Rashi was bothered by a question. The parsha begins by announcing that it will be discussing the offspring of Yitzchak, but then the Torah goes off on a tangent -- discussing Yitzchak's father, his wife, father-in-law and brother-in-law. What happened to the "offspring of Yitzchak?" Rashi must explain: "Wait. Be patient. They will be discussed later in the narration. The Torah has to go through a little background information first."

Why is it necessary to go through all this background? Why doesn't the Torah start talking about Yaakov and Eisav directly? Rav Schwab makes a simple but very important observation on this narration: the history of a person does not begin with his birth on such and such a date in such and such a city. The biography of a person begins with who his parents were, how they got married, where they were from, and who their fathers were. If the biography of Yaakov and Eisav only began with the fact that they were born, it would be telling only part of the story. We need to know what happened during their mother's pregnancy and who their parents and grandparents were. Only then can we begin to understand them.

Rav Schwab's point is that people who are seeking mates for themselves or people who are seeking to help others find a proper mate should feel the full responsibility that is upon them. When two people get married, it is not merely a union that involves those two people -- there are many preceding generations that are being united. There are generations to come that will be impacted by this marriage. The responsibility of putting two people together is a tremendous responsibility.

Bride & Groom Fast To Atone For Sins Committed On Way To Chuppah

A related matter emerges from the last pasuk [verse] of the parsha: "So Eisav went to Yishmael and took Machalas, the daughter of Yishmael son of Avraham, sister of Nebaioth, in addition to his wives, as a wife for himself" [Bereshis 28:9]. Our Sages etymologically relate the name Machalas to the word Mechilah [forgiveness]. They say that we see from here that on the day a person gets married, all his sins are forgiven. It is a type of pseudo-Yom Kippur. That is why the groom and bride customarily fast on their wedding day. The Mincha [afternoon prayer] that a chosson [bridegroom] recites on the day of his marriage includes the confession [vidui] recited on Yom Kippur.

Rav Avraham Pam once offered an interesting explanation for why the couple fast on the day of their marriage. Specifically, for which sins do they need this special atonement? Rav Pam explained that the Chosson and Kallah [bride] fast on the day of their wedding to atone for the sins they committed while on the way to their wedding day. It is not uncommon for young men and women to hurt people's feelings very severely while involved in the process of making their way to the Chuppah.

At Least We Should Try To Act Like Eisav!

The Torah speaks of Eisav's special set of clothes in which Rivka disguised Yaakov [Bereshis 27:15]. Our Sages infer that this was a special set of clothing that Eisav reserved for serving his father. In spite of the fact that he was a thoroughly wicked person, he showed tremendous respect to his father and honored him in an extraordinary fashion. Whenever Yitzchak asked him to do something, Eisav would not merely appear in his street clothes or his hunting clothes. He had a special set of clothing reserved only for the service of his father. Rabban Shimeon ben Gamliel comments in the Medrash "all my life I tried to faithfully serve my father according to halacha, but I did not pay him 1% of the honor that Eisav gave to his father, Yitzchak."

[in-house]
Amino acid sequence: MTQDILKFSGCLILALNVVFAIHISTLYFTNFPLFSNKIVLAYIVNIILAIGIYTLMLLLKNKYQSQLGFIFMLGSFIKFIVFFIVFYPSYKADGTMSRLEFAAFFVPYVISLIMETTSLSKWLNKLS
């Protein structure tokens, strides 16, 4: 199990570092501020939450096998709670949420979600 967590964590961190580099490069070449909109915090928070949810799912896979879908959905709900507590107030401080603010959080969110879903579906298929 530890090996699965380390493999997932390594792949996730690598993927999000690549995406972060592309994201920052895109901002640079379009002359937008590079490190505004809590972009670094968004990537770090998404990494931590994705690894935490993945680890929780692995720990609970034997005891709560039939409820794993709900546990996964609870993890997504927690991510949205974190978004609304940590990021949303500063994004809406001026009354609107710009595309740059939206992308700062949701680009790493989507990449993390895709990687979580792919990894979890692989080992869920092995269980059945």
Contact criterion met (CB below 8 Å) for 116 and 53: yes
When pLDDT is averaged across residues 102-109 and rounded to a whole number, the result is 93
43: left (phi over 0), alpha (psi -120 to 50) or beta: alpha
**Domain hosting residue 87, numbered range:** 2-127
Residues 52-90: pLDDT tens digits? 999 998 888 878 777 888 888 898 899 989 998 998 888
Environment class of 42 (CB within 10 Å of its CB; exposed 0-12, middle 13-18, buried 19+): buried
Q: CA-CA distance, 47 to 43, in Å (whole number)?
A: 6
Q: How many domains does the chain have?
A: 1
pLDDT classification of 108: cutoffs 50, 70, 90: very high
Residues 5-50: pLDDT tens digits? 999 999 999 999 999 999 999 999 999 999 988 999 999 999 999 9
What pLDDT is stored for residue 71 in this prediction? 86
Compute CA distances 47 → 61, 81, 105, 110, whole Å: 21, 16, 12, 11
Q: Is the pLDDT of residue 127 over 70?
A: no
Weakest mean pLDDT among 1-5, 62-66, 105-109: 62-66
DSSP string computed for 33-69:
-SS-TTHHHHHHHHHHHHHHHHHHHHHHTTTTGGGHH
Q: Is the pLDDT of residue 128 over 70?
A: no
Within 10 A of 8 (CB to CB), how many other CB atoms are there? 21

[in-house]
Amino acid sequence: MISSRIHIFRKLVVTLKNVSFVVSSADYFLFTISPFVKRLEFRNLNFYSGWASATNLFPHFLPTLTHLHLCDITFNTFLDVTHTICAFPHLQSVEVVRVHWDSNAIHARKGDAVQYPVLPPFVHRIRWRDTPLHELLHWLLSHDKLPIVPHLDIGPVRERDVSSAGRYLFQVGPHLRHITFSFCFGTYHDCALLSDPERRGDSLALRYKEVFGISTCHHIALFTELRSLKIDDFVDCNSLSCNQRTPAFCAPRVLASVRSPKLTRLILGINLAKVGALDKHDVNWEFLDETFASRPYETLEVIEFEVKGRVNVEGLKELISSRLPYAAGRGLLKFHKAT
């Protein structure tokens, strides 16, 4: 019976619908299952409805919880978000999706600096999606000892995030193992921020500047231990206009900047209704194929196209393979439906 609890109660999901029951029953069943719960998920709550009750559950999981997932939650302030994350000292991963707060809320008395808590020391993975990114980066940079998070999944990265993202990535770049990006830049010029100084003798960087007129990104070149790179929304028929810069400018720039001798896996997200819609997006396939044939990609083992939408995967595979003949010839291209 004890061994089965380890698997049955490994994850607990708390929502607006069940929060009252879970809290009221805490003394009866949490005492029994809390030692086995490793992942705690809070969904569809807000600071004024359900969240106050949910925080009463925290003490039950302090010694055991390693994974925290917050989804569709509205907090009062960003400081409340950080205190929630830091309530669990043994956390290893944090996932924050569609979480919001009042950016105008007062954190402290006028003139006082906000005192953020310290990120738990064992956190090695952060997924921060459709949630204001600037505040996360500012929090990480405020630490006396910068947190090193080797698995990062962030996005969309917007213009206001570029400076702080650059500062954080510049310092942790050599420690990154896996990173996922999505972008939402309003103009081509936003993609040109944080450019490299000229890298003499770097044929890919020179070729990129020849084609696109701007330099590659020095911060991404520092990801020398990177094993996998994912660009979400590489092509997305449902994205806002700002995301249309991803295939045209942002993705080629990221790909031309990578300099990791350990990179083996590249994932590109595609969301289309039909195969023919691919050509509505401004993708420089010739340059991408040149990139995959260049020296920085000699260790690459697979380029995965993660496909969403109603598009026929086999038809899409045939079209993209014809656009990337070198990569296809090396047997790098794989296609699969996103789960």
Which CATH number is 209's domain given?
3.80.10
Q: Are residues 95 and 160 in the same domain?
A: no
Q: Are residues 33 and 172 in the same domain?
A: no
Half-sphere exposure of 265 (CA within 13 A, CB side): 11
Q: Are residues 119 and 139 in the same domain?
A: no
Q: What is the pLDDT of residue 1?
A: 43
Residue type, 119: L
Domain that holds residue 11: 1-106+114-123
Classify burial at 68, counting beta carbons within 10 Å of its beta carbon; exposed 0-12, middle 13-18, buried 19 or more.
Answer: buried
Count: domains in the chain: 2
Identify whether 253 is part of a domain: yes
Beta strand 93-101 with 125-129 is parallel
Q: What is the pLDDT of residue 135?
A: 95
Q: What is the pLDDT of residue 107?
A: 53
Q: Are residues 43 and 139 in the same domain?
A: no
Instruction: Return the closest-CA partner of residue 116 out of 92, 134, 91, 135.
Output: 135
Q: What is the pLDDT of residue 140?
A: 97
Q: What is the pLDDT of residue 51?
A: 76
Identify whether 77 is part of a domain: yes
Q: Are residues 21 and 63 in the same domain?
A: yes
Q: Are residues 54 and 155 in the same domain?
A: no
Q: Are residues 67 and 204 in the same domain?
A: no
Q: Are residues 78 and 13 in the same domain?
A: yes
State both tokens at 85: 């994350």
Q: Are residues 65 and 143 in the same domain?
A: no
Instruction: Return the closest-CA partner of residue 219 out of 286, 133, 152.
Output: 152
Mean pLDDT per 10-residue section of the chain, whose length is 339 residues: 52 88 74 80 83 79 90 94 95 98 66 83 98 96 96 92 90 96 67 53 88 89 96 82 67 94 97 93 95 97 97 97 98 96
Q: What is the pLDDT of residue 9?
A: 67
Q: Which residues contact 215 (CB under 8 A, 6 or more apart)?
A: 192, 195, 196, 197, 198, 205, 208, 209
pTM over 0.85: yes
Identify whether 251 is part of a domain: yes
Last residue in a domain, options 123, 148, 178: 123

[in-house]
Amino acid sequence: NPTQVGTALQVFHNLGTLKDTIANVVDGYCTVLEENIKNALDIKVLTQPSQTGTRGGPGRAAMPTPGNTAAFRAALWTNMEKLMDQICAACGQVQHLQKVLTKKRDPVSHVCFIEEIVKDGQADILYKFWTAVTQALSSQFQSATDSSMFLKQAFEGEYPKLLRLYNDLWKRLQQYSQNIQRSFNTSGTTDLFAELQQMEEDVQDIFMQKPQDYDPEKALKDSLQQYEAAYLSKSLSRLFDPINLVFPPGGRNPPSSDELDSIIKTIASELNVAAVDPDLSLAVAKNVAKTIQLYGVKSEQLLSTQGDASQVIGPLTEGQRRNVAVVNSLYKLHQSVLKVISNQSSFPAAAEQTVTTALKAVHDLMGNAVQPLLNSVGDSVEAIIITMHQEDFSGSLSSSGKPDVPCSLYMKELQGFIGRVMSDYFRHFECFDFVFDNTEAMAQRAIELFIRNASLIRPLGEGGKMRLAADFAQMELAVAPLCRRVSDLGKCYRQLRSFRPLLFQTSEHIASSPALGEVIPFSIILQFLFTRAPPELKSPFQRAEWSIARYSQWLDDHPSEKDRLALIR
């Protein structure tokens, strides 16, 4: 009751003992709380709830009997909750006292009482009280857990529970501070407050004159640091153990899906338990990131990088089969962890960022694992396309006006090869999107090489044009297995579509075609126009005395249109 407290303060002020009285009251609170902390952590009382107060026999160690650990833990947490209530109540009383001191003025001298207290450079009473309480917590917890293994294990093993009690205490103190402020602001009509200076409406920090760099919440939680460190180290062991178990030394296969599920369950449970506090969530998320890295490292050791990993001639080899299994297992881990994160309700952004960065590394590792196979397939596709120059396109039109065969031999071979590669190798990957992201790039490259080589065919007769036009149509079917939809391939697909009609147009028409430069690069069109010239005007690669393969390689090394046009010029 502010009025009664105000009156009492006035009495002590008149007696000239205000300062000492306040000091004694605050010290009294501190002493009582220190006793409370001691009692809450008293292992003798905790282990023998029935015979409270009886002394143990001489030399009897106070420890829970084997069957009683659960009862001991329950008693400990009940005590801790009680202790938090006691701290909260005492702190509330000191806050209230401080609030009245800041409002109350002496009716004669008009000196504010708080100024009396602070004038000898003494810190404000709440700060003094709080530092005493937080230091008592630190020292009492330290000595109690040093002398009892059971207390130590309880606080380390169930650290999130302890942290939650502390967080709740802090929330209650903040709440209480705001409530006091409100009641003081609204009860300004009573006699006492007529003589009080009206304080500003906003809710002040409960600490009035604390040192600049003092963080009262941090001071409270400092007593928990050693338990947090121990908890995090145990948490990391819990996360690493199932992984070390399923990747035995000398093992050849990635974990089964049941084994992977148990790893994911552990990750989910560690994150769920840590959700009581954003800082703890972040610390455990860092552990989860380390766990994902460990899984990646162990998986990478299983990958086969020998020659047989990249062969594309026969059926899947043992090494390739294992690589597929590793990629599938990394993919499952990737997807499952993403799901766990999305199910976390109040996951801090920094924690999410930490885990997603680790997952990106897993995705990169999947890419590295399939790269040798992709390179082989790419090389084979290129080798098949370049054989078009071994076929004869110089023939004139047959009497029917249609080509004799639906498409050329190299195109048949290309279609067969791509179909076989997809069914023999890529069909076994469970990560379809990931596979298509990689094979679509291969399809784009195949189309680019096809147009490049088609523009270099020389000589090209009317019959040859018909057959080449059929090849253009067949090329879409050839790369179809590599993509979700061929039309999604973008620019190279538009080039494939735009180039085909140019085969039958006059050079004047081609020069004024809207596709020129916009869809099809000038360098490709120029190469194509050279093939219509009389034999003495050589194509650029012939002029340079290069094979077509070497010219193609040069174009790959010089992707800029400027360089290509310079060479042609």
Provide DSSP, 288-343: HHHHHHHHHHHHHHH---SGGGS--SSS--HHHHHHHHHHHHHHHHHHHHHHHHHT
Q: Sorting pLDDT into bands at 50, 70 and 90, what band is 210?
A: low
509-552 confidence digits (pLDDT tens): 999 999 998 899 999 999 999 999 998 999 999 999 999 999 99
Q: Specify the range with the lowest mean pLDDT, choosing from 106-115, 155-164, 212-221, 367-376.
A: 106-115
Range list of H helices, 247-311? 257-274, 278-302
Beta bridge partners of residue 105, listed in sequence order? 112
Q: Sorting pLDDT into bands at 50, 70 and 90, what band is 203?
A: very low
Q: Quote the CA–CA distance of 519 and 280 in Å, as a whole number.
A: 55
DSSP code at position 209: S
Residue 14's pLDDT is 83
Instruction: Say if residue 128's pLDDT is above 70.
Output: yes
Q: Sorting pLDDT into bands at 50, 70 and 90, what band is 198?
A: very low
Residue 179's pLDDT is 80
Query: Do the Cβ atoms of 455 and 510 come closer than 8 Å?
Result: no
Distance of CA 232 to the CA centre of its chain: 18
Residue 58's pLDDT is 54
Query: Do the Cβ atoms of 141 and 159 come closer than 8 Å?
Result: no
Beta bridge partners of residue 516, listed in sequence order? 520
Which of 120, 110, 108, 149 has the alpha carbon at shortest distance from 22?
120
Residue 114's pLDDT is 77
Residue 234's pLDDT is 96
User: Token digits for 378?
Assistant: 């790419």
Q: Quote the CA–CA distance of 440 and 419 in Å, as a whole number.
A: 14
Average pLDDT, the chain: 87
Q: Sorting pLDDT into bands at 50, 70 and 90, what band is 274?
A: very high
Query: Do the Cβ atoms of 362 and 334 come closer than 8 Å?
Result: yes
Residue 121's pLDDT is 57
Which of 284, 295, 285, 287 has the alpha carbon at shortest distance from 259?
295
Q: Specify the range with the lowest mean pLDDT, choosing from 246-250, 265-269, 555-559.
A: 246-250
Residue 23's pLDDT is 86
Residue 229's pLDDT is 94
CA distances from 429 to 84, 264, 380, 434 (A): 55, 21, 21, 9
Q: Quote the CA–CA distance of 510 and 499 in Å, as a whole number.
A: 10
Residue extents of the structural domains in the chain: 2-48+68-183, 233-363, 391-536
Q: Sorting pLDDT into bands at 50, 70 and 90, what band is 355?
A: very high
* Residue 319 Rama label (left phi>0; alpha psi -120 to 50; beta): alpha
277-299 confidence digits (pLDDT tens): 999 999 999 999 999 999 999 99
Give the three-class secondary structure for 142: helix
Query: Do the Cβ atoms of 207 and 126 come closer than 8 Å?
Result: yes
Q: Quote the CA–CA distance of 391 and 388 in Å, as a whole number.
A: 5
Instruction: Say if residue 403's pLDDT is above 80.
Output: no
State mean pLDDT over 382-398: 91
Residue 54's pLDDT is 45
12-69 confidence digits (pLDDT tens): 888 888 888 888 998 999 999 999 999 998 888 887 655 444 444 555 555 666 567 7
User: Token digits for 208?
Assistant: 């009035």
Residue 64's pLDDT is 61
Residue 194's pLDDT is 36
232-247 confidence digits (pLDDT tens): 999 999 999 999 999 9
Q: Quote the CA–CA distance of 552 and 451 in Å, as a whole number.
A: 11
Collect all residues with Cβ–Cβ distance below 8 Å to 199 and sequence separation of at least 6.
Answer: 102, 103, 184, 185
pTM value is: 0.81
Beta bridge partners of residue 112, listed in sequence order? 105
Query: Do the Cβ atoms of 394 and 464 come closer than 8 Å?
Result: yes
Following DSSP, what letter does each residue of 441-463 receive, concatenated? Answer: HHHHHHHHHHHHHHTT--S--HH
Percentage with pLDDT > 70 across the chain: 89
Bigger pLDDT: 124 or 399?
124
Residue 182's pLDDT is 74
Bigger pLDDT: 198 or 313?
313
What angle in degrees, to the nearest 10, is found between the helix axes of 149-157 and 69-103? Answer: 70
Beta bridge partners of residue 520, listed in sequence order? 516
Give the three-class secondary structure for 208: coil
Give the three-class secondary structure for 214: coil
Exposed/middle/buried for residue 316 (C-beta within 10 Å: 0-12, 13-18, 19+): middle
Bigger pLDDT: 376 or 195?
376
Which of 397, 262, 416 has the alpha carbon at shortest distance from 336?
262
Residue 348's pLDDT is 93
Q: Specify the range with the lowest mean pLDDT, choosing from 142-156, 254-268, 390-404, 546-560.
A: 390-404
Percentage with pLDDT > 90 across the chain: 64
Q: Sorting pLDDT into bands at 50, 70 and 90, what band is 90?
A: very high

At this point in time, Yitzchak was already blind, as we clearly see from the story of the blessings. So when Eisav would dress up in his special clothing, it did not even make a difference to Yitzchak. Yitzchak would have no way of knowing what Eisav was wearing. Therefore, this fact demonstrates that when Eisav was serving his father it was not merely an act. He put on his best clothes even when his father was not aware of it. That was the extent of the Kibud Av of Eisav.

Many people are blessed with parents who are older. Sometimes when people become old, they loose awareness of their surroundings Sometimes it is Alzheimer's disease. Sometimes there are other factors. The parents may sometimes not even recognize that the person in the room is their son or daughter.

We must learn from Eisav. Eisav dressed up for his father, even when his father would not have known if Eisav was wearing street clothes or Shabbos clothes or no clothes. His Kibbud Av was such that "It does not matter what my father knows or what my father realizes. I have a responsibility to honor my father." In this sense we all must try to emulate Eisav.

C). PARSHA PARABLES (Rabbi M Kamenetzky)


D) SfaT-EmeT

Copyright © 2003 by Torah.org and Dr. Nosson Chayim Leff.

Toldos, 5631